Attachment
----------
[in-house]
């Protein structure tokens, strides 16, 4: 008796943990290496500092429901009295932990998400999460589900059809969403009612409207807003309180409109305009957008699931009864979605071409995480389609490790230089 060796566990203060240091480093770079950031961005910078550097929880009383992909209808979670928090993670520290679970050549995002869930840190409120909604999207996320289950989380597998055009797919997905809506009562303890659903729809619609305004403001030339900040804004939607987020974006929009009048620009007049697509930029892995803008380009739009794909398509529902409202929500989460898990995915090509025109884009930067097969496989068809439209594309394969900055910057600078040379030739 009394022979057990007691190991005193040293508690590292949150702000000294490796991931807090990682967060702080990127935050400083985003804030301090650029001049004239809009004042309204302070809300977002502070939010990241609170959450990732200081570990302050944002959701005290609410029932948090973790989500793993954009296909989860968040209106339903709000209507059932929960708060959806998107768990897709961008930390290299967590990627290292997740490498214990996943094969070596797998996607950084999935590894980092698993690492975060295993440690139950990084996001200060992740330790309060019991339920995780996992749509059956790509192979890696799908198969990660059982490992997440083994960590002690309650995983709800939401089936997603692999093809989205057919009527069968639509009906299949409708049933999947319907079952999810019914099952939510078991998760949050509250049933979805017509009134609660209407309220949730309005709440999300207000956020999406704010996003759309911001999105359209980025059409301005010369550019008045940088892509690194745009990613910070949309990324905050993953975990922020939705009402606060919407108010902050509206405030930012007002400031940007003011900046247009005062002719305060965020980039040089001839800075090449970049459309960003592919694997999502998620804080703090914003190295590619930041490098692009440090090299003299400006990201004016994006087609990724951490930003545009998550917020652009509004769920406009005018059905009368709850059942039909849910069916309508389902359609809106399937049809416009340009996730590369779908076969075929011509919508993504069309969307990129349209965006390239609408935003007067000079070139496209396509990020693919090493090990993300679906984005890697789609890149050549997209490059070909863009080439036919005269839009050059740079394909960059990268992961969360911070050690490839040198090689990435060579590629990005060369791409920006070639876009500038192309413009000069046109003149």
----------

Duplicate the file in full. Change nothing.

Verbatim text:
[in-house]
């Protein structure tokens, strides 16, 4: 008796943990290496500092429901009295932990998400999460589900059809969403009612409207807003309180409109305009957008699931009864979605071409995480389609490790230089 060796566990203060240091480093770079950031961005910078550097929880009383992909209808979670928090993670520290679970050549995002869930840190409120909604999207996320289950989380597998055009797919997905809506009562303890659903729809619609305004403001030339900040804004939607987020974006929009009048620009007049697509930029892995803008380009739009794909398509529902409202929500989460898990995915090509025109884009930067097969496989068809439209594309394969900055910057600078040379030739 009394022979057990007691190991005193040293508690590292949150702000000294490796991931807090990682967060702080990127935050400083985003804030301090650029001049004239809009004042309204302070809300977002502070939010990241609170959450990732200081570990302050944002959701005290609410029932948090973790989500793993954009296909989860968040209106339903709000209507059932929960708060959806998107768990897709961008930390290299967590990627290292997740490498214990996943094969070596797998996607950084999935590894980092698993690492975060295993440690139950990084996001200060992740330790309060019991339920995780996992749509059956790509192979890696799908198969990660059982490992997440083994960590002690309650995983709800939401089936997603692999093809989205057919009527069968639509009906299949409708049933999947319907079952999810019914099952939510078991998760949050509250049933979805017509009134609660209407309220949730309005709440999300207000956020999406704010996003759309911001999105359209980025059409301005010369550019008045940088892509690194745009990613910070949309990324905050993953975990922020939705009402606060919407108010902050509206405030930012007002400031940007003011900046247009005062002719305060965020980039040089001839800075090449970049459309960003592919694997999502998620804080703090914003190295590619930041490098692009440090090299003299400006990201004016994006087609990724951490930003545009998550917020652009509004769920406009005018059905009368709850059942039909849910069916309508389902359609809106399937049809416009340009996730590369779908076969075929011509919508993504069309969307990129349209965006390239609408935003007067000079070139496209396509990020693919090493090990993300679906984005890697789609890149050549997209490059070909863009080439036919005269839009050059740079394909960059990268992961969360911070050690490839040198090689990435060579590629990005060369791409920006070639876009500038192309413009000069046109003149």